Local Fitness Centers Face Backlash from Majority Owner’s Trump Fundraiser
Equinox and SoulCycle attempt to distance themselves from event
SoulCycle in Bethesda.
A fundraiser for President Donald Trump on Friday has caused a national uproar, and not for the $100,000 price tag to take a picture with the nation’s leader.
The luncheon will be hosted by real estate developer Stephen Ross, the majority owner of The Related Companies, which oversees Equinox Fitness and associated businesses including SoulCycle, according to news reports.
Both Equinox Fitness and Soulcycle have branches in Bethesda.
Patrons and fans of the fitness companies have called for a boycott of the companies due to the support of Trump, with several celebrities chiming in on social media.
“the gym is my personal hell but if you’re a member of Equinox perhaps it is time to say peace(out)-inox,” model Chrissy Teigen posted on Twitter.
“Just contacted @Equinox to cancel my membership after many years. Money talks, especially with these monsters,” comedian and actor Billy Eichner posted on Twitter.
The staff at the Equinox and SoulCycle locations along Elm Street in Bethesda directed questions about potential protests to members of the executive team, who hadn’t responded to requests for comment by late Thursday afternoon.
Equinox addressed the outcry in a statement posted to its Twitter account on Wednesday, stating neither Equinox nor SoulCycle have anything to do with the fundraiser and no company profits are used to fund politicians.
The statement describes Ross as a “passive investor” who is “not involved in the management of either business.”
SoulCycle CEO Melanie Whelan shared a similar sentiment in her own Twitter statement, reiterating Ross’ limited involvement and distancing the company from the fundraiser.
“We’ll always stay true to our values and committed to our community. We know who we are and we know what we believe in, and nothing will ever change that,” Whelan posted.
“I always have been an active participant in the democratic process,” Ross told the Miami Herald in a statement. “While some prefer to sit outside of the process and criticize, I prefer to engage directly and support the things I deeply care about.”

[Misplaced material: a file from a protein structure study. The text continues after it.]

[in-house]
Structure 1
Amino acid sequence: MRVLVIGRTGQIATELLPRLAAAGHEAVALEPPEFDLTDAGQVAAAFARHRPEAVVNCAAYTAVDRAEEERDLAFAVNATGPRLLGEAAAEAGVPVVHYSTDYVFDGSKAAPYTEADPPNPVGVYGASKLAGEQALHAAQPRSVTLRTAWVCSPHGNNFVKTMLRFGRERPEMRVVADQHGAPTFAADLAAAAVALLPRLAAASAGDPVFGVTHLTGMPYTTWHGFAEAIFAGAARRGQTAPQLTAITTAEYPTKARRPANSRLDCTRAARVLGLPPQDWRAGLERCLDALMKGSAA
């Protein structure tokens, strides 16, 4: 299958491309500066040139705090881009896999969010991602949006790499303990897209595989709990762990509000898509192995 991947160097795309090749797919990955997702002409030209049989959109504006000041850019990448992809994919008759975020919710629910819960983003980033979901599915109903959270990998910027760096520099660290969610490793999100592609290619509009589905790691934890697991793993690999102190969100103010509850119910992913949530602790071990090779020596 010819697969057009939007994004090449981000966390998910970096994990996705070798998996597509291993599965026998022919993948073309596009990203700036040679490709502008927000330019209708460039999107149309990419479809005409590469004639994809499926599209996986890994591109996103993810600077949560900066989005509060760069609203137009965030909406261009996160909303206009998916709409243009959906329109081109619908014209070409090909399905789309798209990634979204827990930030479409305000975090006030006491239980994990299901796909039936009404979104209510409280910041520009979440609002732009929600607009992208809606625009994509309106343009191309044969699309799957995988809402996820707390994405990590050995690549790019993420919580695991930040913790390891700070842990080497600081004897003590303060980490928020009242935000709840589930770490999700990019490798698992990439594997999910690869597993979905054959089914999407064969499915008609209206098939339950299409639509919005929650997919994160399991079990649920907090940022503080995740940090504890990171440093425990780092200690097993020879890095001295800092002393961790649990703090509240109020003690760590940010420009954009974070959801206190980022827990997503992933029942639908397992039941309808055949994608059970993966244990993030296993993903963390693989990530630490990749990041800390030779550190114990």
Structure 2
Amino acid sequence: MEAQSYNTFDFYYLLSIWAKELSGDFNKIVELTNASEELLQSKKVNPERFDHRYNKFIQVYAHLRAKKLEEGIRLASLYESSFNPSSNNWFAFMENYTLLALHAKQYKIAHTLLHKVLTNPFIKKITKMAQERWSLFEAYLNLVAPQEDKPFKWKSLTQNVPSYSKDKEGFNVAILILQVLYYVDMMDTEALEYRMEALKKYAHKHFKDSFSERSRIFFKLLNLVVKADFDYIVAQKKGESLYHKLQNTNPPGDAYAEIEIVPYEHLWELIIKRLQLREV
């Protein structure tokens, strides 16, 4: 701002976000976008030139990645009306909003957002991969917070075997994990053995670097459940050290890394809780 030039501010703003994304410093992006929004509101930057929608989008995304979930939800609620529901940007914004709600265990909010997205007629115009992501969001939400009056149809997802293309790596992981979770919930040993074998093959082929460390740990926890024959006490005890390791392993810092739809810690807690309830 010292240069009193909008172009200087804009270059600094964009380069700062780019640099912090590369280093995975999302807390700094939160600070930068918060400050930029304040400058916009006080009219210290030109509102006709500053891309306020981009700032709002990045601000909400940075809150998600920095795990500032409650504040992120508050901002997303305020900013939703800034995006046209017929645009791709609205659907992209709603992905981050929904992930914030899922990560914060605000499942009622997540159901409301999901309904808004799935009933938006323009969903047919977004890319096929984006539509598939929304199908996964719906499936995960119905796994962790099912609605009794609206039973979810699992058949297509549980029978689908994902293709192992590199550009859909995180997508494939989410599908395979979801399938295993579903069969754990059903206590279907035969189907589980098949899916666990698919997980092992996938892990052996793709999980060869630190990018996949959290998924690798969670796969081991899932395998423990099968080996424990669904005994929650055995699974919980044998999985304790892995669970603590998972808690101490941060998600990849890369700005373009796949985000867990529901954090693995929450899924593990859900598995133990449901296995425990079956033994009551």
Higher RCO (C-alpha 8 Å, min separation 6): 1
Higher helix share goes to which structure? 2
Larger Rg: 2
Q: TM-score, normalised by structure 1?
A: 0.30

Chevy Chase resident Kathleen Wilks has been going to SoulCycle in Bethesda off and on the past three years, but said she will never go again after Ross’ support of the president.
“It’s outrageous that a company who has created a community of acceptance and kindness, almost like a family of people accepting to everyone, that their owner is now going to support Donald Trump, who completely opposes these people and this community,” Wilks said.
Wilks encouraged patrons to suspend or cancel their membership as a protest of Ross.
“The best way to do it is money,” she said. “If you don’t have money, then no influence and no power.”
Wilks added she hates the instructors will be hurt by a boycott, and hopes they can make a stand against potential backlash.
SoulCycle instructor Alli Michal outlined exactly that in an Instagram post on Wednesday, addressing client concerns and explaining that instructors support the company, not Ross or Trump.
“Hours after this came out, divisiveness exploded in a community of love, respect, and unity. My fellow instructors are taking a stand BEHIND #soulcycle – protecting the doors they’ve worked so hard to open to so many people.”
Michal added that instructors would allow for voices to be heard, while speaking up themselves about the values and goals of SoulCycle.
SoulCycle rider Stephanie Corcoran of Chevy Chase said that while she’s embarrassed to just be finding out about Ross and his support of Trump, she doesn’t plan on boycotting the company.
“SoulCycle is exactly the opposite of the policies of its owner,” Corcoran said.
She added that she didn’t feel the company deserved any backlash solely for a billionaire’s role as a majority owner.
Charlie Wright can be reached at firstname.lastname@example.org